Scouting is for anything and everything and I feel it is an extremely important part of doing well during matches. It’s for watching team’s consistency, their strategy of play, to size up your own strategy, to know what a team can or can’t do, regardless of what they tell you in the pits, to strategize with your partners and against your opponents, etc.

Ours is done on paper, we have tried other methods, but always come back to that. We do pit scouting (to get the technical aspects of every team’s robot), and we do match scouting (to get the play aspects of a team and their robot). Match scouting sheets change each year to fit the game. Pit scouting is done on Thursday. Match scouting goes all day Friday and Saturday until elims. Depending on what type of scouting you do and how detailed you get, you can have one scout per robot on the field during any match.

Our scouting is effective. It is important to know other team’s capabilities, strategy, and consistency. I feel it is not as effective to only know straight statistics on team’s performances, as it is to know the things I mention in the first sentence. Standings are not as important because they could just be unlucky with partners, but have a very well performing robot of their own.

The key is, if you’re in alliance picking, to choose a robot that is COMPATIBLE to your own, one that maybe does something you can’t do. So you would figure out what that is, and you might scout those teams closer. Rankings, and objects scored won’t tell you that kind of info… (not saying we don’t use that info, but it’s not always the highest priority info). I think most teams scout every other team, and maybe narrow it down the second day.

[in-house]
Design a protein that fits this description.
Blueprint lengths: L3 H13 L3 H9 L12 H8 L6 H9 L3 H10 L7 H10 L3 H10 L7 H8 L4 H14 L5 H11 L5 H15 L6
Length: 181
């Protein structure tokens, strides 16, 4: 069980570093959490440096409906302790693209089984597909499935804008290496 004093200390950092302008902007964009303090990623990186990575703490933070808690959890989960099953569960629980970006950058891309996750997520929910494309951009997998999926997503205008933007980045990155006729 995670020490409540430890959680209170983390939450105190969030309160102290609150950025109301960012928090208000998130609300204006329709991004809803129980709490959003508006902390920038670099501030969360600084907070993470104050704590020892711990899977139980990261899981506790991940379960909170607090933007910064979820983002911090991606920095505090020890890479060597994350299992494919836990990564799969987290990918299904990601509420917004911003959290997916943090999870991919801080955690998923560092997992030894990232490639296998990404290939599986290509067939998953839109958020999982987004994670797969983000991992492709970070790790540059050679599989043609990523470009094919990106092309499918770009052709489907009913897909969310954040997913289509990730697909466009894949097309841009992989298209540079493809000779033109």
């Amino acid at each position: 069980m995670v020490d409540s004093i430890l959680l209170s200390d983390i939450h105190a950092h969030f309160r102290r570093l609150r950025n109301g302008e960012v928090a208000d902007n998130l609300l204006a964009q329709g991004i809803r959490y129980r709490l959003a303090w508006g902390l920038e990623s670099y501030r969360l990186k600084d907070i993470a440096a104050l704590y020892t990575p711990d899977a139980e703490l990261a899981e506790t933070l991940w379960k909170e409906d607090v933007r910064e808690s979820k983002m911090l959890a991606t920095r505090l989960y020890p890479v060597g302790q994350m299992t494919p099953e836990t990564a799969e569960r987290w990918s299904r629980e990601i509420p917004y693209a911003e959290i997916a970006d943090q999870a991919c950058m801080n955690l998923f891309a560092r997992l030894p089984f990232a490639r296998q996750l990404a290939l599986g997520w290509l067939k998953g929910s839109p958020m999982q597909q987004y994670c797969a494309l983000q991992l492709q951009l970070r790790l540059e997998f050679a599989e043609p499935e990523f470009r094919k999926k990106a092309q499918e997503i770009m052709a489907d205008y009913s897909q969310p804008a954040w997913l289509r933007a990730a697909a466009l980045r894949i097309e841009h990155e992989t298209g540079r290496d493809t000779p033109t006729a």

We never give up scouting. No matter what our standing is going into Saturday, you never know what will happen, and if a team chooses you, you could be a hero for having all kinds of detailed info on your opponents. Plus, it gets the students (and adults) familiar with other teams. You might just see those robots again someday.

That’s because I made this thread about one.

The alpha of the alpha is available for testing here: http://niscout.zapto.org/scouting/. That isn’t the most updated version, but it’s the one that I currently have access to for viewing.

Wow, thanks for all of your info and your help people. It’s been a big help. We’re going to try and have a weekly AIM session to discuss progress, ideas and such with this project sometime soon, but the details still need to be worked out.

Oh a albiet of clarification on the how many question, I know most teams scouted all their bots in their regional, what I’m asking is how many bots were at that regional that you scouted :slight_smile:

Thanks for posting guys, and I’ll be contacting those interested in the project shortly with details. This is going to be really cool. Keep a-postin’!

-Chris

Well we’ve gotten quite a bit of interest and are now working on plans for the the next phase of the project. Currently we’ve got a website domain and server space, and our army ( I wish) of programmers are working on the coding.